Kantar Finds Direct Correlation Between Avoiding Ads, Viewer Experience, Purchases

There is a direct correlation between the likeability of advertising and its ability to drive positive performance, according to data released Thursday.

Some 56% of U.S. viewers use some form of ad-blocker, and 86% of viewers avoid ads altogether.

The most popular method of avoiding ads is leaving the room or to …

4 comments about "Kantar Finds Direct Correlation Between Avoiding Ads, Viewer Experience, Purchases".
Check to receive email when comments are posted.
  1. Ed Papazian from Media Dynamics Inc, August 10, 2023 at 5:16 p.m.

    Laurie, while a very high percentage of TV viewers take steps to avoid commercials from time to time---and sometimes often---this does not mean that this study demonstrates that 86% of all TV ad exposures are avoided. I'm not saying that you said this but inevitably, some folks will make that interpretation and it's not accurate. Typically, only 35-40 % of the assumed commercial "audience" watches an average commercial that appears on the TV screen and this kind of percentage---often lower---applies to most other media, including digital  video and even more so, to digital display ads.

  2. John Grono from GAP Research, August 11, 2023 at 5:45 p.m.

    I find it very hard to accept the statement of “When people are exposed to an ad during an ad break, they IMMEDIATELY switch to another activity".

    Simply ask yourself, if you are viewing and an ad pops up do you immediately switch?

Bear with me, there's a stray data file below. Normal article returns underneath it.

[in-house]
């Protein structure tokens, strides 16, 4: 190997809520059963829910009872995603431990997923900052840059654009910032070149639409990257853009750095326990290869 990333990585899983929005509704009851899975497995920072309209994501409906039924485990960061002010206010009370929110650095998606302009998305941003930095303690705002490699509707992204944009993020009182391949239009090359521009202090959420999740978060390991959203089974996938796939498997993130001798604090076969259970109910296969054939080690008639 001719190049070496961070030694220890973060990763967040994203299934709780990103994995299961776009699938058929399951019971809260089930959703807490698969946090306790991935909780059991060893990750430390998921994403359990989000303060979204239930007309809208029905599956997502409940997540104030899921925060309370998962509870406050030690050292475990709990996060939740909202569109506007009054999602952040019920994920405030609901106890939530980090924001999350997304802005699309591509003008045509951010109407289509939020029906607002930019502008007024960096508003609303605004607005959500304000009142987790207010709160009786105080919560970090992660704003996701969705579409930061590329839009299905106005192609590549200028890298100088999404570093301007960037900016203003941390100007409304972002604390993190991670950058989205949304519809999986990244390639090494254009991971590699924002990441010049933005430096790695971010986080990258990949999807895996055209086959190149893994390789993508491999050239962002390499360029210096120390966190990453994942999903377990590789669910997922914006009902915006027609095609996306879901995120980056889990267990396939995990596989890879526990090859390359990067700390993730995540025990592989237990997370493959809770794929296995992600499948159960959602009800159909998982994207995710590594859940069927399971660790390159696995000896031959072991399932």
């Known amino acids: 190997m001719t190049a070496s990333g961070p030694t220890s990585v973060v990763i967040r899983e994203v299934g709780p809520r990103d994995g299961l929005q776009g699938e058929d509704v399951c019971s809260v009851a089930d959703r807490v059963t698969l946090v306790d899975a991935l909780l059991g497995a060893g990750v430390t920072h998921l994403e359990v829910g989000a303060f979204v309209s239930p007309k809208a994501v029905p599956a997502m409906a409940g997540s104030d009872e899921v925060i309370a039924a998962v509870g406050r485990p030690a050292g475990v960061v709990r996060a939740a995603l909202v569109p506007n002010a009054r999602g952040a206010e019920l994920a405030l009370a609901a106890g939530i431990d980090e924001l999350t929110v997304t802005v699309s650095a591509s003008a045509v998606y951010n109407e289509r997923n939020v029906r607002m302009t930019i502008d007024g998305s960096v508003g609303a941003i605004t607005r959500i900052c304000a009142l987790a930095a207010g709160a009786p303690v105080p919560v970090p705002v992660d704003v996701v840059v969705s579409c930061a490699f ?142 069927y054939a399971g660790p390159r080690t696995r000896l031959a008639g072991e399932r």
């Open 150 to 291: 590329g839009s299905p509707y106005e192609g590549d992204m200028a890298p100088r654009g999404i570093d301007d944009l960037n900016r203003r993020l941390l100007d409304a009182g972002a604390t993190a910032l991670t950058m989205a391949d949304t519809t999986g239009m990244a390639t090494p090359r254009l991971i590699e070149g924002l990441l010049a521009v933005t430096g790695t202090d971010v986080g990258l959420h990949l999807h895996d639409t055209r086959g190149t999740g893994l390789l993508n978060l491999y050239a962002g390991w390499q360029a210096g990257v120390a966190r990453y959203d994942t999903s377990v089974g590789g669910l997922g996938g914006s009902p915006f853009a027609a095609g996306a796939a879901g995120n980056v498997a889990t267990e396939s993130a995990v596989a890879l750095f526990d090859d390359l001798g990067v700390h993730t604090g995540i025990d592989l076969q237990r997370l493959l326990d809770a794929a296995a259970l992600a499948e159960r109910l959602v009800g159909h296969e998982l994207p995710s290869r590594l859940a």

I'd bet that the answer would be 'Yes' if you were asked 'have you ever immediately switched away from an ad break', and 'No' if you were asked 'do you always immediately switch away from an ad break'.   The trurth lies somewhere in betweeen (naturally).

  3. Ed Papazian from Media Dynamics Inc, August 11, 2023 at 6:25 p.m.

    John, as an aside, many people think that the only time viewers look away from the TV screen---or leave the room---is during commercials. But that's not true. Lapses in attention take place to varying extents through out our viewing experience depending on what's on the screen---program content or ads. Taking an extreme example, a "Today Show" viewer is often grooming  or getting dressed or eating breakfast while "watching"  but even so, the viewer may pay close attention if the show suddenly announces that a disaster has taken place and shows scenes of said disaster. Likewise , even though a medical drama by definition creates greater viewer involvement this invaribly peaks toward the end of the episode when the docs are working feverishly  to save the life of a pivotal character.

    The same point applies to commercials. If we have seen the same message only a few hours ago---or even yesterday---and paid attention to it----- we are less likely to do so again if it's repeated so soon after our previous exposure. But delay that event by several weeks and the studies indicate that avoidance is significantly reduced. And, of course, some commercials are much more entertaining---or interesting---than others. No viewer instantly rejects all commercials no matter what they are about or how often they have been seen---except for our fellow MP poster, Douglas, perhaps. 

  4. Laurie Sullivan from lauriesullivan, August 11, 2023 at 6:31 p.m.

    Ed and John, I really appreciate you guys. Thank you! 

Next story loading loading..

Discover Our Publications